This is a perfect jobs report. Job growth slowed significantly and there are absolutely no signs of inflation. Greenspan may be pulling off what once seemed impossible: two soft landings in one economic expansion.
We're not only stuck in a soft patch; we're spinning our wheels. To get back to full employment, we need a lot more demand, and that's hard to see coming anytime soon from either domestic or international sources.
Many businesses see statistics showing economic growth as a cruel joke. Competition is still brutal, wages are still rising, prices are still flat or falling, and profits are as hard to find as they were a year ago.
Regardless of what happens to energy prices and interest rates, homebuilding is going to happen and that's going to affect the national statistics but not by a huge amount ... it sort of disappears in the context of the national economy.
This big swing in defense spending had to do with mobilizing the National Guard for the hurricanes (in the third quarter), but it still seems implausibly large when you're fighting a war. I'm not 100 percent sure I believe it, and I certainly don't think it will happen again.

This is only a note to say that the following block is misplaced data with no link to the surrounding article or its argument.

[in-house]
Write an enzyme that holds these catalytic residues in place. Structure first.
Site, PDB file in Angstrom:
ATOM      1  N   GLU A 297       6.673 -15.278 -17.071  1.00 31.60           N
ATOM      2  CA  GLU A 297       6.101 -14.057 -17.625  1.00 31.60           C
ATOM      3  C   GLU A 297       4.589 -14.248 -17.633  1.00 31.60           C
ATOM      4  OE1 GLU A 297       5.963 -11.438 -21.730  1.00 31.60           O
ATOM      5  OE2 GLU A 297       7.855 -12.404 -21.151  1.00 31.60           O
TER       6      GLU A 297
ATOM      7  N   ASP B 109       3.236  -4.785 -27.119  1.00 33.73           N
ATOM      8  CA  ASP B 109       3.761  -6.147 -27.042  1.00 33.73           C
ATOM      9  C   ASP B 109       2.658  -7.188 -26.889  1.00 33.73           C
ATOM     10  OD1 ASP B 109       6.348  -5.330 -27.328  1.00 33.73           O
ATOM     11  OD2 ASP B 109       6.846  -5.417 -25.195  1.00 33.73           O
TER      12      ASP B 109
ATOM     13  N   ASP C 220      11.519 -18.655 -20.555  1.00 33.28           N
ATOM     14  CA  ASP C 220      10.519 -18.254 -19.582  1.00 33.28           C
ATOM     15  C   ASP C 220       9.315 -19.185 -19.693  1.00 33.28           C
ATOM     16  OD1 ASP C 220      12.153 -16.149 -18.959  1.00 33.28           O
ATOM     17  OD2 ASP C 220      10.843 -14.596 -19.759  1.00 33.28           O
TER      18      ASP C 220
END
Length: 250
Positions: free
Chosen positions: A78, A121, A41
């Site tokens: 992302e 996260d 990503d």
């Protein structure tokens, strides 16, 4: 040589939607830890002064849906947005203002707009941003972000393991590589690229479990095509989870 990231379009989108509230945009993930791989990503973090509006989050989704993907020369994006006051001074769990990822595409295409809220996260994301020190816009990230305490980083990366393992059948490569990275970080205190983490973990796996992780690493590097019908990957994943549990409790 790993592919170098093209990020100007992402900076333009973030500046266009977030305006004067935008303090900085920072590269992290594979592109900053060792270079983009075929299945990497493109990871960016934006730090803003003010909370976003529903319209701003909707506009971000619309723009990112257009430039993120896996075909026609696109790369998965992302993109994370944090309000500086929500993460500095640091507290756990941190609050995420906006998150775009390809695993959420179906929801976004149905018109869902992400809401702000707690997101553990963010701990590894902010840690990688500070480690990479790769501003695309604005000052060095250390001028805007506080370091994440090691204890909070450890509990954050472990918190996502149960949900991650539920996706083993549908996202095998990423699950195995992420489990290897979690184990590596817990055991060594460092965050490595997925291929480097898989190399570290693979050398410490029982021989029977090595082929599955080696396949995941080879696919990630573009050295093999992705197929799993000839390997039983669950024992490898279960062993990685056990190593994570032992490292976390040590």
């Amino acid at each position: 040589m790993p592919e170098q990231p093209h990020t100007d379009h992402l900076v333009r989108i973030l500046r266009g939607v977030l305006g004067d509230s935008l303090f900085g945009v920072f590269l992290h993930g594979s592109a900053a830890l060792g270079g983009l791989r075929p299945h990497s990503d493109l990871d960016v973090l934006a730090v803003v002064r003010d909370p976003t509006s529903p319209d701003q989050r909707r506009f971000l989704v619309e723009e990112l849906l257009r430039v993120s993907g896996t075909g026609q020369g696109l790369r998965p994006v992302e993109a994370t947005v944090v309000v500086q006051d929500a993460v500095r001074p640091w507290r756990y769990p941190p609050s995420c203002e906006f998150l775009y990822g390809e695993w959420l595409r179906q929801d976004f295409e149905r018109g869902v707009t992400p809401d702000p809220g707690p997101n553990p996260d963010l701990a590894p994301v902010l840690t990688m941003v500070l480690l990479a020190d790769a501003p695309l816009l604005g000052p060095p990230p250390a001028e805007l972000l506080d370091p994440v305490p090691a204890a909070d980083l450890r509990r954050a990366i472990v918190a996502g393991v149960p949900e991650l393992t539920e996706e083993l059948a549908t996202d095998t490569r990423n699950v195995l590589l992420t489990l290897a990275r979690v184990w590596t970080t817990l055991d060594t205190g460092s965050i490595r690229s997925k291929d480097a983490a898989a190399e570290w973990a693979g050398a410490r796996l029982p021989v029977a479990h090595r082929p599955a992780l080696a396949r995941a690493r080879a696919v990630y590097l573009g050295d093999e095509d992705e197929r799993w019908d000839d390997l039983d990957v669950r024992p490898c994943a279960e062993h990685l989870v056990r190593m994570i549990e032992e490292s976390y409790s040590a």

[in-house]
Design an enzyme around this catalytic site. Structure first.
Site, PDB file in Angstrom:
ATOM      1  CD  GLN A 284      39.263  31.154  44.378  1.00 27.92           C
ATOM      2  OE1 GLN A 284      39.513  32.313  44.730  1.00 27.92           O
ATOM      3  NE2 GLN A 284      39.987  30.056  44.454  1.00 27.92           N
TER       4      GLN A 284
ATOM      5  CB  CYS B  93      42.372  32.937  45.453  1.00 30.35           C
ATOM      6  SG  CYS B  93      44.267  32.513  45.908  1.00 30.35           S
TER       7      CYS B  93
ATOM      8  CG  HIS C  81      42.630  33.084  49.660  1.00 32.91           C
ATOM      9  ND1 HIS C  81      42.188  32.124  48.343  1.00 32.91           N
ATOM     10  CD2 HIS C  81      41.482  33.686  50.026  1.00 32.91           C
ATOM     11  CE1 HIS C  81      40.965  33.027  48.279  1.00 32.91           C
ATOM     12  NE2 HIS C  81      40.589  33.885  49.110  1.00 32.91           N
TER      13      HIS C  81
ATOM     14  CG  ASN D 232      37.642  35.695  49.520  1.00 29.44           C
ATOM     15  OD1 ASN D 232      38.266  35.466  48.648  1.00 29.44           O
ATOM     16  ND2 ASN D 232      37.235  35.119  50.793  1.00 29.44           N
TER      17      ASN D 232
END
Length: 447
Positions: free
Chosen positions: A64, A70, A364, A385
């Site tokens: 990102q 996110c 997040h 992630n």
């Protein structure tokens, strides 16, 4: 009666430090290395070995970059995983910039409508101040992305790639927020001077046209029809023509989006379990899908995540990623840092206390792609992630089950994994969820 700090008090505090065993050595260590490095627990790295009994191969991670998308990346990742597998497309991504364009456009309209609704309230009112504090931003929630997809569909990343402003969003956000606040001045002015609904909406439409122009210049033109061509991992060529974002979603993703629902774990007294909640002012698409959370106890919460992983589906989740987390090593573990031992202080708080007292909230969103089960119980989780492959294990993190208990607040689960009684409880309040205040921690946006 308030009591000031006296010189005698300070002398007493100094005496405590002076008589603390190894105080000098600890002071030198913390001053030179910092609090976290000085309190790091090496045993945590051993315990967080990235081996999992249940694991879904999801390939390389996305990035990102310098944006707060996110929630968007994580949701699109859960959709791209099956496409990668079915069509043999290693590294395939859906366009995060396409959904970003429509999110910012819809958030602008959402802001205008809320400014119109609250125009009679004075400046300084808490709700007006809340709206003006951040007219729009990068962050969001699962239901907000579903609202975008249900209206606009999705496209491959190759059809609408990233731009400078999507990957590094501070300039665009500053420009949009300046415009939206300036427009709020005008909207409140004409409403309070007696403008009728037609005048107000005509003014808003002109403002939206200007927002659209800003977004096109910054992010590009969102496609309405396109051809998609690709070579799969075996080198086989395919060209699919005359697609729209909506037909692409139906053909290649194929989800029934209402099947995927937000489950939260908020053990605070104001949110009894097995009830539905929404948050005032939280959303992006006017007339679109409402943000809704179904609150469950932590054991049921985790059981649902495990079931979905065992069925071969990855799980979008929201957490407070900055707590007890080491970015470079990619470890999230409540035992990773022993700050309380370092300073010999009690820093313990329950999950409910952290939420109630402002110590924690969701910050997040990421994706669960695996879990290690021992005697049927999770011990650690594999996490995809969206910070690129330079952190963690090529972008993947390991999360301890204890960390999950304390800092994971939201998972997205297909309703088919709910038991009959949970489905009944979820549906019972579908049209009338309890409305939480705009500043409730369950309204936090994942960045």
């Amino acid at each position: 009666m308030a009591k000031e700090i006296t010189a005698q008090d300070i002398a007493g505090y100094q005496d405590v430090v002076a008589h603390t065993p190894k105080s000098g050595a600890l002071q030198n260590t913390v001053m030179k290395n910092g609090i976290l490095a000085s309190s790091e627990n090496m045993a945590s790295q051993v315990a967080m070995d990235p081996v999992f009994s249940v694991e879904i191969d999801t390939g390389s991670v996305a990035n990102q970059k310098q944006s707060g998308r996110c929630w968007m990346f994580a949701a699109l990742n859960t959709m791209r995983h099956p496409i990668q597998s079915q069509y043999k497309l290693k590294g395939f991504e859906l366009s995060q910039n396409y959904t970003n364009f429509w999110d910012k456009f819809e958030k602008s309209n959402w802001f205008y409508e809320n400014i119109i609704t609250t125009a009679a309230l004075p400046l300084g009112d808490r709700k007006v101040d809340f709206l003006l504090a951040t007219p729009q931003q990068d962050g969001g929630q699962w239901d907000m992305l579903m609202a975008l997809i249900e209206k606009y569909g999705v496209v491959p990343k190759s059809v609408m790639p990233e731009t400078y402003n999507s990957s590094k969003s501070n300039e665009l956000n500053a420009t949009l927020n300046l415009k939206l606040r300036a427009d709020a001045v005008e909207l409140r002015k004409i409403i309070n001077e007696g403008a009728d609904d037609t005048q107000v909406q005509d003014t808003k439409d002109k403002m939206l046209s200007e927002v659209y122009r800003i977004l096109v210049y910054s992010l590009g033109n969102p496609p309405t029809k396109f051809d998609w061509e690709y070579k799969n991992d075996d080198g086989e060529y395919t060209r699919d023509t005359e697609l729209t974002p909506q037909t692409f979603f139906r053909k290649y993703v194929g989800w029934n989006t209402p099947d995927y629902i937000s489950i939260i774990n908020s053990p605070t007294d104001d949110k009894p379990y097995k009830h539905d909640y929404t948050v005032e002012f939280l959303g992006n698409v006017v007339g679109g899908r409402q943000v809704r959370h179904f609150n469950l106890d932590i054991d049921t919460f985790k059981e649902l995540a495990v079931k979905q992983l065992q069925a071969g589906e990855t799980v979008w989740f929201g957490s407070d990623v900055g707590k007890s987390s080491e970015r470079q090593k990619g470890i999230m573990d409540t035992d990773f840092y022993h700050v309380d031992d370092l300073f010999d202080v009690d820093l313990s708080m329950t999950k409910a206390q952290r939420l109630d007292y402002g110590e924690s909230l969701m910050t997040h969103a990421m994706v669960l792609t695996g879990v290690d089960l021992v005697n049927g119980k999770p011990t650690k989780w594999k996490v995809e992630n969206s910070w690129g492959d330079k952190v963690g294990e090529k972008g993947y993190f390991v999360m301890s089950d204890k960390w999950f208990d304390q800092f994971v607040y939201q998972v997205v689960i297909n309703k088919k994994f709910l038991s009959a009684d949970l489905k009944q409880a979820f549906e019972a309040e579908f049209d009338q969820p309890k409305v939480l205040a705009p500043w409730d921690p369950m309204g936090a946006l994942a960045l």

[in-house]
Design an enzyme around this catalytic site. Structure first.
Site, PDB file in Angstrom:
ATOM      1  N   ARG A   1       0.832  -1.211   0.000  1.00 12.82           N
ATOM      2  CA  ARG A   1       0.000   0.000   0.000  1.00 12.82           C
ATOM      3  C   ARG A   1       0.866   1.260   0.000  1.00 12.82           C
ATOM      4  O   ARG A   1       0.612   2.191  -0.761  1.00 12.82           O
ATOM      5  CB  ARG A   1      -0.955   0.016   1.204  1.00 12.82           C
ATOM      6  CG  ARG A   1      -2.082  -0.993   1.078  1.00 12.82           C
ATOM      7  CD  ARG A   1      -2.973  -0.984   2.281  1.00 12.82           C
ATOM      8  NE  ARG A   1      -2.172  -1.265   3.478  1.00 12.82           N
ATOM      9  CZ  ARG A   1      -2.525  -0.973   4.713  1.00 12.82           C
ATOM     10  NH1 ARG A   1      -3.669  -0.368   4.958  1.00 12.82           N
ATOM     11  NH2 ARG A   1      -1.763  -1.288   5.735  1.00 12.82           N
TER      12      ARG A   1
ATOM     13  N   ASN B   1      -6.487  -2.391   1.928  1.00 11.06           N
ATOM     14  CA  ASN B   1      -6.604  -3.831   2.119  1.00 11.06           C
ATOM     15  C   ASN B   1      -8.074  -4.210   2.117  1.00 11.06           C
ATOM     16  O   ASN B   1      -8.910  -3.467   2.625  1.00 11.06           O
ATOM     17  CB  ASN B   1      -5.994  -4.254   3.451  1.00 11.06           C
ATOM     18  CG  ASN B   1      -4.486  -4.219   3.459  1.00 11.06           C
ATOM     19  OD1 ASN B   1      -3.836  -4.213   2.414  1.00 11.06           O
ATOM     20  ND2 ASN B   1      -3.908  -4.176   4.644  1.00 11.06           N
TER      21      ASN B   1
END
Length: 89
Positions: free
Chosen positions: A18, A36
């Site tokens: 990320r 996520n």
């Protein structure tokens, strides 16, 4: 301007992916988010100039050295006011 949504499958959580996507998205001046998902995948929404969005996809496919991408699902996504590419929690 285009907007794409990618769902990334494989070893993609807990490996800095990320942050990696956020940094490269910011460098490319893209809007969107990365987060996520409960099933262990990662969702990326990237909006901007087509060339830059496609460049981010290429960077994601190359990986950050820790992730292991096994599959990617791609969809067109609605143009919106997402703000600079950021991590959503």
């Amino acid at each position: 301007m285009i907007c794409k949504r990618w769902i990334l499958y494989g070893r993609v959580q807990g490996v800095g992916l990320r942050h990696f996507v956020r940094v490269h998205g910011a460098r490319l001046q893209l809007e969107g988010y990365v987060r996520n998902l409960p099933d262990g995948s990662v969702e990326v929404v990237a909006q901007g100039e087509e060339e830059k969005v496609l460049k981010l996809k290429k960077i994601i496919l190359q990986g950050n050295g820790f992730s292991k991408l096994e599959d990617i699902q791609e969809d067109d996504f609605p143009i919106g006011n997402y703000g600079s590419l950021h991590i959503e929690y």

The unemployment situation won't truly improve until businesses increase hiring a lot more than they did in February. It takes roughly 150,000 new jobs per month just to keep the unemployment rate steady, as population growth increases the work force.
The retail sales number is perhaps more important than it would look at first sight. Since we're coming so close to the Christmas shopping season when most of the retail sales of the year happen, anything that represents a gauge of consumer sentiment and consumer buying patterns is going to be latched onto by the retail industry as an important indicator.
By mid to late October, you're getting into the fourth quarter, and people are starting to look at their year-end results and deciding whether they can bail out now and still look good for the year. That's going to be as true now as it was (in 1987).
If there is a danger, it is that the report isn't capturing creative and hidden ways employers are boosting wages. I'm sure Greenspan has a sneaking suspicion that these kinds of things are happening and that they may at some point provoke a burst of wage inflation.